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FS#223 - Add sha256 support to pkgutils

Attached to Project: CRUX
Opened by Brett Goulder (predatorfreak) - Wednesday, 13 February 2008, 00:48 GMT
Last edited by Jose V Beneyto (sepen) - Tuesday, 22 January 2013, 14:15 GMT
Task Type Bug Report
Category tools → pkgutils
Status Unconfirmed
Assigned To No-one
Operating System CRUX
Severity Low
Priority Normal
Reported Version Development
Due in Version Undecided
Due Date Undecided
Percent Complete 0%
Votes 0
Private No

Details

Here is a patch to add sha256 support to pkgutils, it adds the options -us/-is/-cs (--update-sums/--ignore-sums/--check-sums), but still accepts the old -cm/-im/-cm for compatibility.
This task depends upon

Comment by Brett Goulder (predatorfreak) - Wednesday, 13 February 2008, 00:51 GMT
In addition, I also have this patch for prt-get to support the new -cs/-is options, again keeping the old -um/-im options for compatibility. (Also, slight note, I made a typo above, I meant -um/-im/-cm, not -cm/-im/-cm)
Comment by Juergen Daubert (jue) - Wednesday, 13 February 2008, 14:14 GMT
Well, to be honest, I don't get the point here. IMO md5sum's are "good enough" for our purpose and a change to
sha256 would lead to incompatible ports. So, what's the reason/advantages?
Comment by Brett Goulder (predatorfreak) - Wednesday, 13 February 2008, 18:51 GMT
MD5 has a higher chance of hash collisions and has been defeated as a method of verifying integrity as-of last year [1], making it's usefulness for pkgutils purpose questionable. SHA256 on the other hand SHA256 currently does not have any known attacks on it, making it a superior choice for verifying integrity.

1: http://www.win.tue.nl/hashclash/SoftIntCodeSign/
Comment by Juergen Daubert (jue) - Thursday, 14 February 2008, 07:18 GMT
So we should accept incompatible ports because of a pure theoretical chance of hash collision which has never happened in the last years? Sorry no, my vote here is a strong -1.
Comment by Brett Goulder (predatorfreak) - Thursday, 14 February 2008, 07:54 GMT
I proposed this exact same type of change awhile ago and got the same exact answer, "No MD5 is fine, there's only theoretical problems with it now", when producing a hash collision with MD5 is now easy. It's not rare, it's not theoretical, see the reference I presented, it's doable on desktop boxes. I didn't break ports (I never even touched ports), pkgutils or prt-get, I left all the old options in place, I left MD5 in place, this merely adds SHA256 support and changes some things to represent this. New ports will still have the old .md5sum files, as both are generated.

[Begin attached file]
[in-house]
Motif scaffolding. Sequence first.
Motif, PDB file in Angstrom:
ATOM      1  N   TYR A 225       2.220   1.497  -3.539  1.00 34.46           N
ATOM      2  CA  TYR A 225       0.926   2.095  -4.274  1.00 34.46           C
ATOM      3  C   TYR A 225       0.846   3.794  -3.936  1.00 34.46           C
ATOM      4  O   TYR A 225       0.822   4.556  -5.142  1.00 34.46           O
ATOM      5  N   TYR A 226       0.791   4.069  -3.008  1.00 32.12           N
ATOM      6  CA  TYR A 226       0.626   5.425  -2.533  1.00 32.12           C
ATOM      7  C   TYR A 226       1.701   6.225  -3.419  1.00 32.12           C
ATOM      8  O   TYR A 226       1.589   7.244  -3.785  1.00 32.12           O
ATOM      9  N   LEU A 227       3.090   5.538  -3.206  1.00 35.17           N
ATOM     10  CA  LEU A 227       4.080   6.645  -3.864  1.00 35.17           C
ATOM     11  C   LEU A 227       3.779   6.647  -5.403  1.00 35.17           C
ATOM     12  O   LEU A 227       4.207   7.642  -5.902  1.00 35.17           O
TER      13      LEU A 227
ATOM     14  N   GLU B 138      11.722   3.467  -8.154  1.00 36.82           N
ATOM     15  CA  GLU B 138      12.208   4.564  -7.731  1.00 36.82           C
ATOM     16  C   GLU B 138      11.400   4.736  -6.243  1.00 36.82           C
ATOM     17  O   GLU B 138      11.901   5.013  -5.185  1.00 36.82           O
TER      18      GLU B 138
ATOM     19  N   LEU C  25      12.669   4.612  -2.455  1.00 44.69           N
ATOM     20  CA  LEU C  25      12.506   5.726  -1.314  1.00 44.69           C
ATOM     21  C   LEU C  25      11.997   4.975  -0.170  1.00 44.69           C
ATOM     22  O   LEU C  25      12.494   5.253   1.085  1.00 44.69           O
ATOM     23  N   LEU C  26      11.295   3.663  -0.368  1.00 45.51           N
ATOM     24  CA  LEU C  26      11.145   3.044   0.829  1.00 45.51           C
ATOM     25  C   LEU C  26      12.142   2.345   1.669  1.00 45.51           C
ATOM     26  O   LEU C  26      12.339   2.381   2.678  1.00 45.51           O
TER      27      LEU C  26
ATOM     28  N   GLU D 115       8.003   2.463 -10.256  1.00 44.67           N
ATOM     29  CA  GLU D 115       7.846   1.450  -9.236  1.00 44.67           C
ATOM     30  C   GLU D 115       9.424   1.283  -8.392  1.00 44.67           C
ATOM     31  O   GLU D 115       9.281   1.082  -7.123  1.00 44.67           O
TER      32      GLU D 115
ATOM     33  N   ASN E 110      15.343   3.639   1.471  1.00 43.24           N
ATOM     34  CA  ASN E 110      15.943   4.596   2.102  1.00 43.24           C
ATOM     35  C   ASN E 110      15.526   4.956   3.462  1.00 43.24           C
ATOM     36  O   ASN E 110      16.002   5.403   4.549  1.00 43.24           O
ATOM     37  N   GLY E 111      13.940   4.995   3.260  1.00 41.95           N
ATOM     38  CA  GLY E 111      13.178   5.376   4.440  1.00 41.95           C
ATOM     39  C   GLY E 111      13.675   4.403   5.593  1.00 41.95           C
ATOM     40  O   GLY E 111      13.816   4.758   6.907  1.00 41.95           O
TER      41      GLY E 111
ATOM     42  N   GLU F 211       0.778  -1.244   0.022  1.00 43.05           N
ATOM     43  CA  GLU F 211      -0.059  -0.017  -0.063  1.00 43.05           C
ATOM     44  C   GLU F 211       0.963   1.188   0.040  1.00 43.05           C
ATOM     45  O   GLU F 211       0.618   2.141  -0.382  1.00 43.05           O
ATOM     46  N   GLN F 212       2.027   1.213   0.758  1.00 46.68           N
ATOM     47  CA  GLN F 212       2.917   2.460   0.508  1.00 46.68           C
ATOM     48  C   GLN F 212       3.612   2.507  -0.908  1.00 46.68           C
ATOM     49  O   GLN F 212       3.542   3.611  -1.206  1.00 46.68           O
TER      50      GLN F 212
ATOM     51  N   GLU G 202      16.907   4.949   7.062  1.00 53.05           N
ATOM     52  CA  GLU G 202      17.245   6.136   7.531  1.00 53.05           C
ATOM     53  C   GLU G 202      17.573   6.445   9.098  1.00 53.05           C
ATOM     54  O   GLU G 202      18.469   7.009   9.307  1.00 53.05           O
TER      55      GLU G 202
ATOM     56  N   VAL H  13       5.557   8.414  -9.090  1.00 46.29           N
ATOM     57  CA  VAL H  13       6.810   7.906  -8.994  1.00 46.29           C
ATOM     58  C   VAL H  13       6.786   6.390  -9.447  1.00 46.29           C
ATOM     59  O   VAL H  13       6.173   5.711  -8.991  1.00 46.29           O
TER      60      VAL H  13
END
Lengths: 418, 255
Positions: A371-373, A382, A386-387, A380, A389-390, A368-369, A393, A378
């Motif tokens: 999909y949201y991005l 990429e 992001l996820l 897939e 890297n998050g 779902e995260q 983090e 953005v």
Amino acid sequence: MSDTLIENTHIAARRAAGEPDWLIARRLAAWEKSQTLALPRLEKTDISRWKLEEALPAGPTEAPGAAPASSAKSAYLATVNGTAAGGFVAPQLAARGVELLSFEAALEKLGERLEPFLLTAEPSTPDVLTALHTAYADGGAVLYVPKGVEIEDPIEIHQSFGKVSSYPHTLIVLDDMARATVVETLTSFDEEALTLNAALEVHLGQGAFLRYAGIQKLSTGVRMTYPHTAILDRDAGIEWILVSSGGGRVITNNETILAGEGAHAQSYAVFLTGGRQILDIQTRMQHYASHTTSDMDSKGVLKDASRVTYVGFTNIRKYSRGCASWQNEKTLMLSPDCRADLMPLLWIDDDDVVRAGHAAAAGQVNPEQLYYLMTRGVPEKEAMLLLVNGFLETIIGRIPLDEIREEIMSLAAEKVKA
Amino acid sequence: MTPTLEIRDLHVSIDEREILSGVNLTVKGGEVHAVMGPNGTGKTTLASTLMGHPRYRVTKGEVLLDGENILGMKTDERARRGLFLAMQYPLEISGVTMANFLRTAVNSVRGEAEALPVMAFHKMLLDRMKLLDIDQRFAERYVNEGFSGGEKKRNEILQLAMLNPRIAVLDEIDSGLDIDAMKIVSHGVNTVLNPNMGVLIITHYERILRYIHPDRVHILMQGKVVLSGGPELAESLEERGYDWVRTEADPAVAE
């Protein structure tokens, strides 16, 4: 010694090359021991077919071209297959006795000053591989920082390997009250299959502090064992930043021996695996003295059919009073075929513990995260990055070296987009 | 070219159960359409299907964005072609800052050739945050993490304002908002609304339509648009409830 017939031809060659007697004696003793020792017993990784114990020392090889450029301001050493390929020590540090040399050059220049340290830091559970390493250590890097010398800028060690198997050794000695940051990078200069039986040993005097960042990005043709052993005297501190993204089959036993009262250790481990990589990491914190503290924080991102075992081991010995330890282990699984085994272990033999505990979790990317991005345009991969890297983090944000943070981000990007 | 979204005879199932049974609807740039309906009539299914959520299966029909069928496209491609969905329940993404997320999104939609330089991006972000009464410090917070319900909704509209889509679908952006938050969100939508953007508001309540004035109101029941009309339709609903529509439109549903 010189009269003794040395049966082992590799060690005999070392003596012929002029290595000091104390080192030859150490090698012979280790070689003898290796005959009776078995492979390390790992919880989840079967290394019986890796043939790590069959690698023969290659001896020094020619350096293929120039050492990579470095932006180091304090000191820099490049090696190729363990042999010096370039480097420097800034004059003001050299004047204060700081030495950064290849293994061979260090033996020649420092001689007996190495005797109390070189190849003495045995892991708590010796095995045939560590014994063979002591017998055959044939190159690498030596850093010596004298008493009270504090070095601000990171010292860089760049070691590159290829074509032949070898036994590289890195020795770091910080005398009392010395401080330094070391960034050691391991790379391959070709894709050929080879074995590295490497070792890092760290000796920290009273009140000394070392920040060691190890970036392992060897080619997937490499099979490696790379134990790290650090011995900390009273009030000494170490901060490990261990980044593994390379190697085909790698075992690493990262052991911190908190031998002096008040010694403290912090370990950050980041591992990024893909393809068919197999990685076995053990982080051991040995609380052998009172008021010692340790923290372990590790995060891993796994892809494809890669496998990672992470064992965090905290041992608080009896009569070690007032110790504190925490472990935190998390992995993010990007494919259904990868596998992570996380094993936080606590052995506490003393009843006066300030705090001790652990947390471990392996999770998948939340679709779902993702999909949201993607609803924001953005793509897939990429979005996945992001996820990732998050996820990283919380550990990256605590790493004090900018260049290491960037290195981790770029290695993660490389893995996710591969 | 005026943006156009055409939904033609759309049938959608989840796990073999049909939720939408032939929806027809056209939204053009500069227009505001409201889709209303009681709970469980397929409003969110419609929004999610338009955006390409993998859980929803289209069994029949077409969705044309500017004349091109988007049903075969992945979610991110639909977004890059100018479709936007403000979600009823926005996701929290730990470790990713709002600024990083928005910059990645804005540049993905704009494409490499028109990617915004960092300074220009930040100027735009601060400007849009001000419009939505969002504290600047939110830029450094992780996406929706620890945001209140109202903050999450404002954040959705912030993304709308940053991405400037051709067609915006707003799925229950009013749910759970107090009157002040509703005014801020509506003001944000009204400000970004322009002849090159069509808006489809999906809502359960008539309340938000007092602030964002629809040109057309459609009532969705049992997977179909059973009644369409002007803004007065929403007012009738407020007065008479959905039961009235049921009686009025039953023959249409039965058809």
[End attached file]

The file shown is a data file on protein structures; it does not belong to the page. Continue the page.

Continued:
CRUX is supposed to be forward moving, why are you defending a defeated integrity verification scheme? If CRUX is not going to be serious about it, you might as well remove the MD5 verification method as well.

Please, I don't mean to sound like I'm attacking you here, but there is no reason to resist this change, it makes perfect sense to slowly transition away from MD5, as it is a defeated algorithm. Unless you never even looked at my patch, you should know that's exactly what I've provided here: A slow transitional route for moving to SHA256.
Comment by Juergen Daubert (jue) - Sunday, 04 May 2008, 10:24 GMT
I've took the time to read [1] carefully. As you might have noticed as well it's _not_ possible to target a given hash value, so you can not create an infected file with the same md5sum as the original file.

<quote>Existing files with a known hash that have not been prepared in this way are not vulnerable.</quote>

We are not using the md5sum in a application where a collision-resistant hash function is required, but in a one-way function, so in our usage the md5sum is still secure. [2]

Anyway, I got the feeling that the whole md5/sha256 discussion is getting more emotional than constructive, but I'd like to go back to the later.
Basically I have nothing against using sha256 or something else instead of md5, but I don't see any need for hurry here, and I'd like to see a solution that fits best for CRUX and works at least for the next years.
WRT the implementation we should consider a hard break without backwards compatibility as well, which, of course, creates more rumor, but can be done easy and fast at least for the official repos. Seems more CRUX like to me.

Finally I correct my above vote to 0.

[2] ftp://ftp.rsasecurity.com/pub/cryptobytes/crypto2n2.pdf
Comment by Brett Goulder (predatorfreak) - Sunday, 04 May 2008, 14:38 GMT
You could use the same attack I mentioned to generate tarballs which would produce identical md5sums, potentially meaning a malicious open-source developer could generate two different tarballs and silently replace a clean one with a malicious one, without the md5sum changing. However, I will give you that such an event is unlikely. I'll produce a hard-break patch and submit it here later, as a hard break seems to be the preferred solution by most people.

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